In August, Hillsborough County learned 87 percent of its schools failed to improve under the president's education plan.
Of the county's 213 regular, magnet, charter and specialty schools, only 27 made adequate yearly progress. Most of the A-graded schools failed along with their D-graded counterparts.
But the number of passing schools grew a bit on Thursday.
Eight more local schools were added to the list of schools now considered making the grade under the federal No Child Left Behind law. The schools had appealed their designations.
The schools were among 265 schools statewide whose labels were changed, including 117 that were considered to be making progress and 148 that received no designation primarily because of their small enrollments.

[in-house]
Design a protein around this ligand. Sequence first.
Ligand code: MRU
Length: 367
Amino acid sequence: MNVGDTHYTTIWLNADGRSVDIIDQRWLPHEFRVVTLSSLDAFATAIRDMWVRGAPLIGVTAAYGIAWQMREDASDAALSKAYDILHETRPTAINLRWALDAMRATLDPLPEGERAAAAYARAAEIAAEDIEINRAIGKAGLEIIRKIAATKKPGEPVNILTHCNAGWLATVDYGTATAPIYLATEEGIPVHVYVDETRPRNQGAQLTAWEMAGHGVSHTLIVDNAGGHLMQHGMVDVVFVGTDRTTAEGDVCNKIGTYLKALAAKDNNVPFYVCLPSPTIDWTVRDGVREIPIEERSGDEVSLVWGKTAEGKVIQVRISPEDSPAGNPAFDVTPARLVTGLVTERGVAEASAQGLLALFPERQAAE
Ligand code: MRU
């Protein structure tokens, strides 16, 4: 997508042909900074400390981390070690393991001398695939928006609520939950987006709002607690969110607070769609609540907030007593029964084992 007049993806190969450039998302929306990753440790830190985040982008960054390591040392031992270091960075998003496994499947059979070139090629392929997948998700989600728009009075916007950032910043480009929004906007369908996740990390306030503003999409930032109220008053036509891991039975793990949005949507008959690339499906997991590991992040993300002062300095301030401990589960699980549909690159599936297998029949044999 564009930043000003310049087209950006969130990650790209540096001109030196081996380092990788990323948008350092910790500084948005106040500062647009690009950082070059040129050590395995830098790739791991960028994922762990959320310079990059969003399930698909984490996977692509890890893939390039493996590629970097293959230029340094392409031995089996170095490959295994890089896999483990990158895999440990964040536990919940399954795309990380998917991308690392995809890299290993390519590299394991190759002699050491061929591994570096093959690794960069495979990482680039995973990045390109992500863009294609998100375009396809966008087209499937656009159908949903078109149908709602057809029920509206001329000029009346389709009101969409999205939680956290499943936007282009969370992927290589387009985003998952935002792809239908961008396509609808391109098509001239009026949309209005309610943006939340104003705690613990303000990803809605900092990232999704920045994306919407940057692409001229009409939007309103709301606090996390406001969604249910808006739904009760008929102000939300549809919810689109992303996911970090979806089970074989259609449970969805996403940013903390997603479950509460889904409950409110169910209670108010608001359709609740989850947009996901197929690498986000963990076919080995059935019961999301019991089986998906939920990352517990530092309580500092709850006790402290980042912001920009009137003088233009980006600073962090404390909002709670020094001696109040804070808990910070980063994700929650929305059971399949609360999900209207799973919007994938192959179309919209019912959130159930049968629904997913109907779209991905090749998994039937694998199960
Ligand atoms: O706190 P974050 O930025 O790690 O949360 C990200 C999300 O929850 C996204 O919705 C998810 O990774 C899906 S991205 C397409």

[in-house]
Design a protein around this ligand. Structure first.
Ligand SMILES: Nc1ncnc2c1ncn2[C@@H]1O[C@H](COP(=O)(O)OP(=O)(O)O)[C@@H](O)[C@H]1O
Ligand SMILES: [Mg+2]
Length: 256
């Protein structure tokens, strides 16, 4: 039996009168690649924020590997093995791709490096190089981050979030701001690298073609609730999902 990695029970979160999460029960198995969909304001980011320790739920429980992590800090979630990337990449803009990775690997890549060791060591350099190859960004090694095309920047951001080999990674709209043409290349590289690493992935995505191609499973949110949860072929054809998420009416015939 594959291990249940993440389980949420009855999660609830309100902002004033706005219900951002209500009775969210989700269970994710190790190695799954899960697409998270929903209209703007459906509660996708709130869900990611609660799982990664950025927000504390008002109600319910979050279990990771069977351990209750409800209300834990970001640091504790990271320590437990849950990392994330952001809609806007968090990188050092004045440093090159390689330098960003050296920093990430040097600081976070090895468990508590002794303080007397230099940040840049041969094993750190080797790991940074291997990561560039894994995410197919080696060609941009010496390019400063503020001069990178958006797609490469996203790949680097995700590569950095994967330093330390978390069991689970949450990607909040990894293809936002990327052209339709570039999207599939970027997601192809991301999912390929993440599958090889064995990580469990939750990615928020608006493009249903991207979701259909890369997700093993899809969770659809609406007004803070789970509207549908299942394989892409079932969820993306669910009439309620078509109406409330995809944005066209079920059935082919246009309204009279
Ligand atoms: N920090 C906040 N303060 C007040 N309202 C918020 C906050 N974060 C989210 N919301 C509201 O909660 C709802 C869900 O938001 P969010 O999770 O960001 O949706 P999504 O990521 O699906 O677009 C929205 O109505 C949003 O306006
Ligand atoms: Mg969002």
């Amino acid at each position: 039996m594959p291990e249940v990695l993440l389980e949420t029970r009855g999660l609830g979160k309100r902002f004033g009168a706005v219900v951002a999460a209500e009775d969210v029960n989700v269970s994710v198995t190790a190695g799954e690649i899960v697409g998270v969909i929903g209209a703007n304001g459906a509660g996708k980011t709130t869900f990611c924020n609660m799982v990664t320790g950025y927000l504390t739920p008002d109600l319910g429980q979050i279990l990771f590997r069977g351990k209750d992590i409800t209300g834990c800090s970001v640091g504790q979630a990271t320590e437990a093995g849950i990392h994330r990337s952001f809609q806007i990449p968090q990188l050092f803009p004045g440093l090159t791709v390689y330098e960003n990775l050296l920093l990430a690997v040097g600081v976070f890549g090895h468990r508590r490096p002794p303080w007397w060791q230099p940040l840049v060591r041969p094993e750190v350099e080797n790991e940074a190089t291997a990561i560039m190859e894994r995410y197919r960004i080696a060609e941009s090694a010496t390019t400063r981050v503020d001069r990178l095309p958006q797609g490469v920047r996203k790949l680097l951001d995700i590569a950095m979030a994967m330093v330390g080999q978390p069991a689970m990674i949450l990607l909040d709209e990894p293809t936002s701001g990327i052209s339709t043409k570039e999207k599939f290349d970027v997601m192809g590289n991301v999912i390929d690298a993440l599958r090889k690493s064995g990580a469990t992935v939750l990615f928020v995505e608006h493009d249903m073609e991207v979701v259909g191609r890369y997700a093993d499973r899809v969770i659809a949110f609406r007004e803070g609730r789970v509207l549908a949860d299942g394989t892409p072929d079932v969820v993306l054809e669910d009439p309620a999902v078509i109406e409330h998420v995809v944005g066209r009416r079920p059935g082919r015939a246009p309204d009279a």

The Hillsborough schools with changed results are Ballast Point, Cimino, Lewis, Limona, Lithia Springs and Northwest elementary schools and Martinez and Progress Village middle schools. Designations were dropped for six juvenile justice facilities and the Metropolitan Ministries and Milburn Academy charter schools.
The new law requires any Title I school, one that is high poverty and receives federal funding, that falls on the list of poor performers two years in a row to allow students to transfer to better-performing public schools. This year, students at Lockhart, Oak Park, Robles and Shaw were allowed to transfer out.
In Florida, under the federal rating system, schools must show that nine specific groups of children _ including those who are poor, minority, disabled and with limited English skills _ are improving on the Florida Comprehensive Assessment Test in reading and math.